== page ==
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John Key is Rob Muldoon’s doppelganger

Written By: - Date published: 8:07 am, November 30th, 2013 - 64 comments
Categories: john key, national, same old national - Tags:

John Key morphing to muldoon

Like many other baby boomers I found that my political activism owed a lot to Rob Muldoon.

He was a disgusting figure.  He was a bully, had strong fascist tendencies and was totally clueless on how to run New Zealand.  Our current problems can be traced directly back to the stupidity of a number of decisions that he made.

One of his least endearing characteristics was to denigrate and abuse opponents.  He had a real ability to sense what the average redneck was thinking and to channel this.  The decision to allow the 1981 Springbok tour was a classic example of how he would trash international treaties and obligations, human rights and ferment mass disorder for political gain.

One of his classic one liners was to talk about “rent a crowd” demonstrators, suggesting that those who opposed what he was doing were not genuine but protesting for some ulterior reason or just for the hell of it.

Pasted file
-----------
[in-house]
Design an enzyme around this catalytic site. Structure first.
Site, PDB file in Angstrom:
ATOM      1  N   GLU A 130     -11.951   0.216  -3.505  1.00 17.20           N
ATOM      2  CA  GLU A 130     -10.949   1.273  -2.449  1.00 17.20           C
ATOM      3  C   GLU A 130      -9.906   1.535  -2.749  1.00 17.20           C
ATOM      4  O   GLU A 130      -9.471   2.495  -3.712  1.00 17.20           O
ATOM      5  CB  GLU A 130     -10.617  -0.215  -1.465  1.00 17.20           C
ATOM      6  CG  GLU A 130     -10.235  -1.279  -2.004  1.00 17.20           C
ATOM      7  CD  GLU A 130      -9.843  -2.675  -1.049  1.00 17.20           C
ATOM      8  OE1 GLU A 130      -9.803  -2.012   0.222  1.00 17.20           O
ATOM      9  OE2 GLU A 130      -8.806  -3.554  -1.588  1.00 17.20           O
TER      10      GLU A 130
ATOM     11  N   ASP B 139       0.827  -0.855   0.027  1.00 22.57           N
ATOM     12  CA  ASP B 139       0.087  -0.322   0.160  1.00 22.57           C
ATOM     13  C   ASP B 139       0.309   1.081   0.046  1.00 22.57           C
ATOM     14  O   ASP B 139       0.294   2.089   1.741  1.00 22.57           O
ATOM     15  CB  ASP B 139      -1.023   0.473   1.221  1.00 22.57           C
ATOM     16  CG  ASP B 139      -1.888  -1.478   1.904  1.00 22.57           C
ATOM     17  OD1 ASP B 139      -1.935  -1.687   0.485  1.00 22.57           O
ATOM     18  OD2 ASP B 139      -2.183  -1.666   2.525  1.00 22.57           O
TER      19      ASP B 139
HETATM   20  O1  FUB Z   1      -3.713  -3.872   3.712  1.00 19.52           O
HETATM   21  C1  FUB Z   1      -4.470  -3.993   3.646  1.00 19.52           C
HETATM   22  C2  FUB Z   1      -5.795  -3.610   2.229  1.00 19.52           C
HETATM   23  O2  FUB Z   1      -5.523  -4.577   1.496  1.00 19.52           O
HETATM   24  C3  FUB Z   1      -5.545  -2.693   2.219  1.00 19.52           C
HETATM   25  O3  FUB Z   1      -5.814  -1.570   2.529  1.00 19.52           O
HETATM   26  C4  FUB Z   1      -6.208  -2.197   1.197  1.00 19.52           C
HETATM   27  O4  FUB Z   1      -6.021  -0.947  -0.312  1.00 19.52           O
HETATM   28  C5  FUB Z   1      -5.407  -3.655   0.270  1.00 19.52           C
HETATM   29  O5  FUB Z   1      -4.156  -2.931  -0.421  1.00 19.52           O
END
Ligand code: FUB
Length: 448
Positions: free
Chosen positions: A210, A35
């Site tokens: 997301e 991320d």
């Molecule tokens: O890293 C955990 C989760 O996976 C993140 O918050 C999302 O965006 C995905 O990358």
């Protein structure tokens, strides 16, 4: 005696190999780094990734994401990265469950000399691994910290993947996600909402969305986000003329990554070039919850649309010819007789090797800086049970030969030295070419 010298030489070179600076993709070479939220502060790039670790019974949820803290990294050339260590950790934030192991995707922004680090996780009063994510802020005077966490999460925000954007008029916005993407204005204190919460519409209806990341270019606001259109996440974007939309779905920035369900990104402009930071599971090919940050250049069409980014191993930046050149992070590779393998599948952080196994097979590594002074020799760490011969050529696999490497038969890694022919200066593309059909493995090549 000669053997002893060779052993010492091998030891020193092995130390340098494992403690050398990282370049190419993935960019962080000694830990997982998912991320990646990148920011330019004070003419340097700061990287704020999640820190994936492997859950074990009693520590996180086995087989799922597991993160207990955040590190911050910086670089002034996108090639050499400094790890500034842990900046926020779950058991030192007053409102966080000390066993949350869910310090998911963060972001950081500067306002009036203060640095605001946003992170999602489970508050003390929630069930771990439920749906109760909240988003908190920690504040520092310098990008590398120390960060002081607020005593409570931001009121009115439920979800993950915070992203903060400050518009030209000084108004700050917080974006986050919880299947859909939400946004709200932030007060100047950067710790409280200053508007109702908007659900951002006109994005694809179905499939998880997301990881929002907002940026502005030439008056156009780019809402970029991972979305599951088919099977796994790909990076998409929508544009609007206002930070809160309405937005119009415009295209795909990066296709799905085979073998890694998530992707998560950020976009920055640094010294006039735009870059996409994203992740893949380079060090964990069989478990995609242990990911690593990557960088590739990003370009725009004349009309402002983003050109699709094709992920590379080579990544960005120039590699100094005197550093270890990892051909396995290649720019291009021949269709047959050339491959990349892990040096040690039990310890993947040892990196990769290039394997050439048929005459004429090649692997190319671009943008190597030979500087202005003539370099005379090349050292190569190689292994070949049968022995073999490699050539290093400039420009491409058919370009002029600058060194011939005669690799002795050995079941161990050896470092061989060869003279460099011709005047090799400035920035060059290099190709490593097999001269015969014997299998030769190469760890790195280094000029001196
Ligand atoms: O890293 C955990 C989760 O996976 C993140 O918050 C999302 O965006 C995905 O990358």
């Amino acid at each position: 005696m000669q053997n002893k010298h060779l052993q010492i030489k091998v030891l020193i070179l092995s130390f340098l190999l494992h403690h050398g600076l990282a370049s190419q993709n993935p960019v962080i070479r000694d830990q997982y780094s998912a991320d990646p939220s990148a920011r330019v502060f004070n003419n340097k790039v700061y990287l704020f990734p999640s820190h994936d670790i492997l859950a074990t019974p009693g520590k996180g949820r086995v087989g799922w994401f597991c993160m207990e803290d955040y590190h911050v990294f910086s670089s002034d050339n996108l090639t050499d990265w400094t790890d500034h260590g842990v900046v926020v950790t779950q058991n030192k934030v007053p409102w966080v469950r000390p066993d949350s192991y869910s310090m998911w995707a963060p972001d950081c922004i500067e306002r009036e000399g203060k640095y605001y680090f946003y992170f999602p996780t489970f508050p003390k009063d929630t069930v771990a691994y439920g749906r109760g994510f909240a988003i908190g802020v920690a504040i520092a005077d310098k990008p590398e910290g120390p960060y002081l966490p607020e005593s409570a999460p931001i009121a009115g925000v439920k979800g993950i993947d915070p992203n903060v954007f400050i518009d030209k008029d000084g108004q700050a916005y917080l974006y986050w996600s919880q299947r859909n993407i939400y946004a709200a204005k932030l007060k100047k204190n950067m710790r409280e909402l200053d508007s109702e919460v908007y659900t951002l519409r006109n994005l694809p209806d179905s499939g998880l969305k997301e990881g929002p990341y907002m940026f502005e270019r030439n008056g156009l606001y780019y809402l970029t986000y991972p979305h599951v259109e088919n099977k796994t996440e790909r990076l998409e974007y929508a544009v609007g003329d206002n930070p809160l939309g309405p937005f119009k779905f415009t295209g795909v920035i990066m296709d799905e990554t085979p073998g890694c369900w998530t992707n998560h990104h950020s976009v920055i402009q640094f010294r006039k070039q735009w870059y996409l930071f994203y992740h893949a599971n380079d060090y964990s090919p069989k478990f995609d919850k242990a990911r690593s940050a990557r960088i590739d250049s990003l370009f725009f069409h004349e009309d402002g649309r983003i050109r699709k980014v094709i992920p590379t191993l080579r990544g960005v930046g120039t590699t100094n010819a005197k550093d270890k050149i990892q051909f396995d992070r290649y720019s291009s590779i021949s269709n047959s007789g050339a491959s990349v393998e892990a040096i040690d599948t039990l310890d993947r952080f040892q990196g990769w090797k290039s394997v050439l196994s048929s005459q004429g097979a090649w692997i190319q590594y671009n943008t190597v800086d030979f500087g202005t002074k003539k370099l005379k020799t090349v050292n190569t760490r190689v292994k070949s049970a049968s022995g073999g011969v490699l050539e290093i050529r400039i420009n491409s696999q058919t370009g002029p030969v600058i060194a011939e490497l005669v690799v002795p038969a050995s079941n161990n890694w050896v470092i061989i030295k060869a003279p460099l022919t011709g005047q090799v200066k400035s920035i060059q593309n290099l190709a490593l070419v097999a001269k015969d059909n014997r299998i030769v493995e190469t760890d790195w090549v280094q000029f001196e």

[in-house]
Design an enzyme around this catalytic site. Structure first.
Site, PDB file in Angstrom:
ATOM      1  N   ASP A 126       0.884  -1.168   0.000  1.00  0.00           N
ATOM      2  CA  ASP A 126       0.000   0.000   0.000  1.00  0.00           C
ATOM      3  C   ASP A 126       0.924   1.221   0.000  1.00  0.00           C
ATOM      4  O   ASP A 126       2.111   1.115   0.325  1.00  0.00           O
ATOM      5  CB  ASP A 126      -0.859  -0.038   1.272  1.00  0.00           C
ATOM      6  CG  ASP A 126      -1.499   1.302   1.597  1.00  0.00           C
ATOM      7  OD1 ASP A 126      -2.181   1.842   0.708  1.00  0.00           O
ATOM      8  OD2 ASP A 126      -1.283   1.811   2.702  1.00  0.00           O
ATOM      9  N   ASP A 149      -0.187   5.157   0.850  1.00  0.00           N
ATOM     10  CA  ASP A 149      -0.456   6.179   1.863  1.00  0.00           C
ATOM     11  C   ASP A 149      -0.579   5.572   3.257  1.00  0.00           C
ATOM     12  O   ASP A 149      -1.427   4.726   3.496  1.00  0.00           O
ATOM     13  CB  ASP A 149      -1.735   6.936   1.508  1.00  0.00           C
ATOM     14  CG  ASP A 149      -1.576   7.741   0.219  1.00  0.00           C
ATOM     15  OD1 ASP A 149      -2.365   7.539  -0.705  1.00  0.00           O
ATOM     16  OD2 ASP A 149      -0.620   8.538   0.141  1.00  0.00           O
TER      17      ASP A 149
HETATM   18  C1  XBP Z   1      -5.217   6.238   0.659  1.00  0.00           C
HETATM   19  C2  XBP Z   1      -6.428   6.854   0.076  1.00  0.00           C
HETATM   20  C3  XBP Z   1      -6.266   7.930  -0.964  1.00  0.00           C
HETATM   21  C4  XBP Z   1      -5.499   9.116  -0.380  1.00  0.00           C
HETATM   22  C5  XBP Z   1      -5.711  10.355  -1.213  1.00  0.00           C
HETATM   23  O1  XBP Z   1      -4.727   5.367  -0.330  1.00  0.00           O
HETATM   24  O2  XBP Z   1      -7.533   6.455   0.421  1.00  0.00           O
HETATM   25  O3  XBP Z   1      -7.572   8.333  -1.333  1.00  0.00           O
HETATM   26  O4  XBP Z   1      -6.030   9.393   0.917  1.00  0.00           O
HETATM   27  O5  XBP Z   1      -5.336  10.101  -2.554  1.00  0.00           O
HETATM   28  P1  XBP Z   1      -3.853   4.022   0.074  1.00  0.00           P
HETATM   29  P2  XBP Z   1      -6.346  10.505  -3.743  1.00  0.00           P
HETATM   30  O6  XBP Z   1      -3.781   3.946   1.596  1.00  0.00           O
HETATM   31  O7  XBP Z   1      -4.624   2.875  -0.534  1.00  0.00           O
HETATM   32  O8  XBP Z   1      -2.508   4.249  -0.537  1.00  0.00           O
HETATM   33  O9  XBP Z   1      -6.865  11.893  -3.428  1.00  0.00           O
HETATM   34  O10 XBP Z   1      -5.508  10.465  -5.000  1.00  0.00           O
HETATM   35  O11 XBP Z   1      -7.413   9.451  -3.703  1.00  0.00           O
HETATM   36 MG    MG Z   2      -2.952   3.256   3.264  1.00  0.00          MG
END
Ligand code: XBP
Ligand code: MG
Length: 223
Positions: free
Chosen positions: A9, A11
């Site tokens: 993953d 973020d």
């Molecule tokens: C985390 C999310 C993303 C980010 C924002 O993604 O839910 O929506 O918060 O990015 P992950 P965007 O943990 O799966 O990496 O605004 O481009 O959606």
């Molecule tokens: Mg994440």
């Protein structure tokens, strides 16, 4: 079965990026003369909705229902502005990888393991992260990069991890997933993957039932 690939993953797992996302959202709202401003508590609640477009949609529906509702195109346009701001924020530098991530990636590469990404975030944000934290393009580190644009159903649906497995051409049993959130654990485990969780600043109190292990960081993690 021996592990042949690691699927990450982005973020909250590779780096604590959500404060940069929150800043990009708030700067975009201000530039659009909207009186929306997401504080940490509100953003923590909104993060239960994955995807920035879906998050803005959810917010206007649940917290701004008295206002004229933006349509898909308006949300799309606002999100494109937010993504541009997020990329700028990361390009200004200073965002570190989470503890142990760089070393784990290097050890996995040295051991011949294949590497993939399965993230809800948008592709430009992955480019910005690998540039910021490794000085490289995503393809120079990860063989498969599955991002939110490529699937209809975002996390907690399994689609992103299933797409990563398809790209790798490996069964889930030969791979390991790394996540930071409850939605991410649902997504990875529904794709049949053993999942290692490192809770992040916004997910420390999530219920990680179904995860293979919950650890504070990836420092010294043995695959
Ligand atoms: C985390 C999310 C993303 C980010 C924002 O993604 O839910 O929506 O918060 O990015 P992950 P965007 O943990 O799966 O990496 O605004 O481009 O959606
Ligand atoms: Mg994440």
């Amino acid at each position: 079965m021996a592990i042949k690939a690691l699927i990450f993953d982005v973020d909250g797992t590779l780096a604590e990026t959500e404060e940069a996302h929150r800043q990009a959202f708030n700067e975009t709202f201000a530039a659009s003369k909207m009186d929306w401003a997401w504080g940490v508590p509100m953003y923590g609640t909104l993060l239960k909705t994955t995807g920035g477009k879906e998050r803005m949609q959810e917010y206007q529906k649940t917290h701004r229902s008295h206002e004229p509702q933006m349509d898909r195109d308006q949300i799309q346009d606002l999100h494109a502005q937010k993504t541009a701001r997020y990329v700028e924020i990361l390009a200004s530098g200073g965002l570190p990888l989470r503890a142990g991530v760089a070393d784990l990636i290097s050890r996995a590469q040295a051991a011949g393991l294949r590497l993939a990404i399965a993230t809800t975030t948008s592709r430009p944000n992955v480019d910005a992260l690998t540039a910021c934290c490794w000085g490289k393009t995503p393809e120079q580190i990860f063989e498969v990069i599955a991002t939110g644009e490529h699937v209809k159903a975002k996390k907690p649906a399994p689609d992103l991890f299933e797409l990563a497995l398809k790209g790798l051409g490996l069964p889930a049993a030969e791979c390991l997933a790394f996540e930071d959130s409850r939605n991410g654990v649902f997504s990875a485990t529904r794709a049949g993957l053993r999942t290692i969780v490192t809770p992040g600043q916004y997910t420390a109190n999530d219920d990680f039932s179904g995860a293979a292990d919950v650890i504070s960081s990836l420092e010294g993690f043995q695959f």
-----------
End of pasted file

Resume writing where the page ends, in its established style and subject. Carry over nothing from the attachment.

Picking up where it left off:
The malevolence of his rule inspired many including myself to become politically active in the hope that we could do our bit to make our political leadership better.

John Key has been recently channelling Muldoon.  This week he described the many thousand protesters who protested against deep sea oil drilling off the West Coast as rent a crowd demonstrators.

Key displays a similar amount of complete confidence in his own abilities and a willingness to abuse opponents that Muldoon displayed.  And he is making decisions that have the potential to undermine New Zealand’s economy and way of life to a degree not seen since the 1970s and 1980s.

It makes you wonder if John Key is Rob Muldoon’s doppelgänger …

64 comments on “John Key is Rob Muldoon’s doppelganger”

  1. vto 1

    Key will be remembered exactly as Muldoon is

    complete failure and arsehole

    one of NZ’s worst ever PM’s

    this is Keys legacy

  2. karol 2